To forgo any loopholes in subtlety, I wanted to be blunt; no matter what we would be, she would have to decide it.  She had rung, asked to come over, and I cleaned my room and myself to an extent.  Yes, she was here against me, but I know I wasn’t there.  It wasn’t like I drifted outside of my body; instead, I had never been so hyper-aware of my actions to the point that I was visibly laughing at myself as I asked her, “Would you like it if I kissed you right now?”  Her stare at the wall verified my running self-commentary of “Geez, did I really just do that?” and an insistent, negative response especially affirmed this.  I didn’t want to intrude any longer and shimmied my arms off of her.  Seconds later she apologized and said she didn’t mean to hurt my feelings.  She welled up about it; I went into consolation mode and assured her that it was only my idiocy, nothing more.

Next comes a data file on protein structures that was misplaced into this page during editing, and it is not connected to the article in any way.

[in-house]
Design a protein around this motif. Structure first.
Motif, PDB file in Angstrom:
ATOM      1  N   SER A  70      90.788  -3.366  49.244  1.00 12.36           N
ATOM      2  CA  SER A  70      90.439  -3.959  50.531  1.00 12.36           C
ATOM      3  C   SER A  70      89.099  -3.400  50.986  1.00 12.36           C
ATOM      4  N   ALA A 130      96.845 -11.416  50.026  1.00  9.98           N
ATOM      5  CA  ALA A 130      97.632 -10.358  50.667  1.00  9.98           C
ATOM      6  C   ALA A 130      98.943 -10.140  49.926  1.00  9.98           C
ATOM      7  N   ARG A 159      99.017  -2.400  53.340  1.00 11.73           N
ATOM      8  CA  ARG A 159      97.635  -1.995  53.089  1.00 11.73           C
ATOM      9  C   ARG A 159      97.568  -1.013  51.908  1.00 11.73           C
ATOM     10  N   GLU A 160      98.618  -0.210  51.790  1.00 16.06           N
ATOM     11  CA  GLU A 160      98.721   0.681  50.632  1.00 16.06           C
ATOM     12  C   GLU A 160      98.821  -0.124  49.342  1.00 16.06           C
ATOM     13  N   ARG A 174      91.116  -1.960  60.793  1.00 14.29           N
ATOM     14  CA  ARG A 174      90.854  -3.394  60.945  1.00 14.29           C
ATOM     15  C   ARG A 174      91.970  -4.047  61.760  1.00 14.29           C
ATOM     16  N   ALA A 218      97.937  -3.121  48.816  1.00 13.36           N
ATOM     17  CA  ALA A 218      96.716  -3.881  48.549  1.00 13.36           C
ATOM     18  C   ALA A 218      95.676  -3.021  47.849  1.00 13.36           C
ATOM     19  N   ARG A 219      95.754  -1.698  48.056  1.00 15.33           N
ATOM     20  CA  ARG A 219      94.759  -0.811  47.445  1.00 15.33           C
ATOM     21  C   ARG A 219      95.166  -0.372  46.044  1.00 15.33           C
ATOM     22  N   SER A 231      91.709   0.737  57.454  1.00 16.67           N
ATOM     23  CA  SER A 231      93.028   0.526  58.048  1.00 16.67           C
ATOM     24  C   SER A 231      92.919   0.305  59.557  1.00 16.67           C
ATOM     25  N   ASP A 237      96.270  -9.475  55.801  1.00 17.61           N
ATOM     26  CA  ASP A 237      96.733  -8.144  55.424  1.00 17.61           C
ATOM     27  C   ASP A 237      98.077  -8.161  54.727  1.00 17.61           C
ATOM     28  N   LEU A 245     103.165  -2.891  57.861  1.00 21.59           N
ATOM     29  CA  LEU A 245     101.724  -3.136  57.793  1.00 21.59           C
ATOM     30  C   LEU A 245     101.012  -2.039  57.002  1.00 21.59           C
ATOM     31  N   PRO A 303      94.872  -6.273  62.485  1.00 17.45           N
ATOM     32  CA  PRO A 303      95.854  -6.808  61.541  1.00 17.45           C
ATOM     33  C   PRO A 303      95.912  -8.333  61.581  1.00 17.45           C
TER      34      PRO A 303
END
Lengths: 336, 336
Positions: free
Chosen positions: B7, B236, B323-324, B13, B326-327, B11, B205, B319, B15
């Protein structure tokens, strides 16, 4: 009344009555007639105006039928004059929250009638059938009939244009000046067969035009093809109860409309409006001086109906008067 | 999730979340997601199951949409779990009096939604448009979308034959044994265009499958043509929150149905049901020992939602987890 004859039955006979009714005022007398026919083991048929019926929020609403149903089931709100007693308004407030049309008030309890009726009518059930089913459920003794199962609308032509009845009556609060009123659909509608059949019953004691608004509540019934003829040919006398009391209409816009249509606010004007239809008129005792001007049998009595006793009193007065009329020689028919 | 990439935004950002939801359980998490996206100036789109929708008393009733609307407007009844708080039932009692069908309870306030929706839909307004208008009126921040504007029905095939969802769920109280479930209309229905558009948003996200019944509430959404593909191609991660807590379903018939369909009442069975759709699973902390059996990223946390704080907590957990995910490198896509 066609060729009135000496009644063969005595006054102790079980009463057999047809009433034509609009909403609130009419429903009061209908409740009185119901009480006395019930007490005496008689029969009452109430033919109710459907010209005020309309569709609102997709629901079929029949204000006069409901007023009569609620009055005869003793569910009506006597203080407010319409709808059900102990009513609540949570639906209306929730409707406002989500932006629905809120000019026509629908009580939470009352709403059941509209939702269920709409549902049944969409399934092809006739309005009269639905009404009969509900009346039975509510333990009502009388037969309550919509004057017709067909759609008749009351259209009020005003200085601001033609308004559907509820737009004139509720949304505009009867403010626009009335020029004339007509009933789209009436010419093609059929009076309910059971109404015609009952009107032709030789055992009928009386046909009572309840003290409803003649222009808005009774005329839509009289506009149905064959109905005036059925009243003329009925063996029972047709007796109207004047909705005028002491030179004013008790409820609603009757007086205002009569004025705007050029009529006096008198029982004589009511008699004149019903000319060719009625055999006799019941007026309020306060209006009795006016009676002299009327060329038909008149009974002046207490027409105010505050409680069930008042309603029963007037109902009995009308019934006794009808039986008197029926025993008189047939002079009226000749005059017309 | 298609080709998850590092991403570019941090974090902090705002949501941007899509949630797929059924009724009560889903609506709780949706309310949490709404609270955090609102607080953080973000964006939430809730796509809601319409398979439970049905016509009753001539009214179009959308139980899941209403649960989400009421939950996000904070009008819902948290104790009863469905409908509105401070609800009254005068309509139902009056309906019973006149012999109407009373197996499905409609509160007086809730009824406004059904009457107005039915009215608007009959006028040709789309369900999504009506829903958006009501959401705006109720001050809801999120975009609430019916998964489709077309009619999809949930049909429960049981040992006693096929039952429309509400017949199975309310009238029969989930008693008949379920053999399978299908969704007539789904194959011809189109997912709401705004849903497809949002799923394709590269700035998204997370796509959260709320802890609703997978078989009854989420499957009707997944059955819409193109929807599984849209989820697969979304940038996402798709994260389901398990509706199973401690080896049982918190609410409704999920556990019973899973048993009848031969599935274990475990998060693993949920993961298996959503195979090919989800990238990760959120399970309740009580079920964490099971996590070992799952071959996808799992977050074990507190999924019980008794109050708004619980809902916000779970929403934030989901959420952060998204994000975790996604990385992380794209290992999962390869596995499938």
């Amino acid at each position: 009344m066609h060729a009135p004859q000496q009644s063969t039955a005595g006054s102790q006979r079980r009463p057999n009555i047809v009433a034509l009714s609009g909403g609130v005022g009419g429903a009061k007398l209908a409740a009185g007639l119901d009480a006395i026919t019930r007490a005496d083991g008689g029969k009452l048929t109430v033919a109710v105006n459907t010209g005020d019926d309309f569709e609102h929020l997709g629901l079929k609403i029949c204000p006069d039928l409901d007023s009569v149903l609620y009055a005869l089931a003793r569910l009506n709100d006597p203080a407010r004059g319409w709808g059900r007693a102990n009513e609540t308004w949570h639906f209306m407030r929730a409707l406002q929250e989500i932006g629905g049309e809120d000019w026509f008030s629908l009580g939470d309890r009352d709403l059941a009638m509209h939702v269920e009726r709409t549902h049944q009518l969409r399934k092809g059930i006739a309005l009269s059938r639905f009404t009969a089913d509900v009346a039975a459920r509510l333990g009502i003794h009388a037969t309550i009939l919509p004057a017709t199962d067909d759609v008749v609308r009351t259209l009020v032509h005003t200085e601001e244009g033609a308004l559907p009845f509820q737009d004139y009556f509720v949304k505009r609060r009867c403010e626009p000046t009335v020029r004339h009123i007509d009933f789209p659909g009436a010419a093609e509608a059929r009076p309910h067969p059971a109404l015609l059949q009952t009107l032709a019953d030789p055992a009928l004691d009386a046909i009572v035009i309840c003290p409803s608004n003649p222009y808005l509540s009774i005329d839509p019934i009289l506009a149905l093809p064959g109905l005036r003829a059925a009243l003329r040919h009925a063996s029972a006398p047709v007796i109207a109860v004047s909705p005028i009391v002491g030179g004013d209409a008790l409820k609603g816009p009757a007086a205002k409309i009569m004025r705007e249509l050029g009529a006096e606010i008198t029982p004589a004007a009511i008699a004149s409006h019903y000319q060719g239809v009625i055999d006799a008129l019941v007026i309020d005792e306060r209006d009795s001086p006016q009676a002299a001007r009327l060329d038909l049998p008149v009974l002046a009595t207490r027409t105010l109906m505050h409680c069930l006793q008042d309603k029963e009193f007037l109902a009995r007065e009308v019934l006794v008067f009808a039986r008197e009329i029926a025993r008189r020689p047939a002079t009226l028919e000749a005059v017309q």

I was certain that her visits would come to a permanent halt, but soon after this she called again.  We chitchatted, but I didn’t know why she was still bothering with me-probably to alert me to the restraining order.  But she told me that she wanted to address the other night: all she would say was that she didn’t express her real feelings.  I tried to sense if this meant a round two, but she ignored me and continued insisting that she hadn’t been honest.  We didn’t stop meeting and didn’t stop going steady; if she was going to trample over me one day, I knew she’d be courteous enough to mind her step.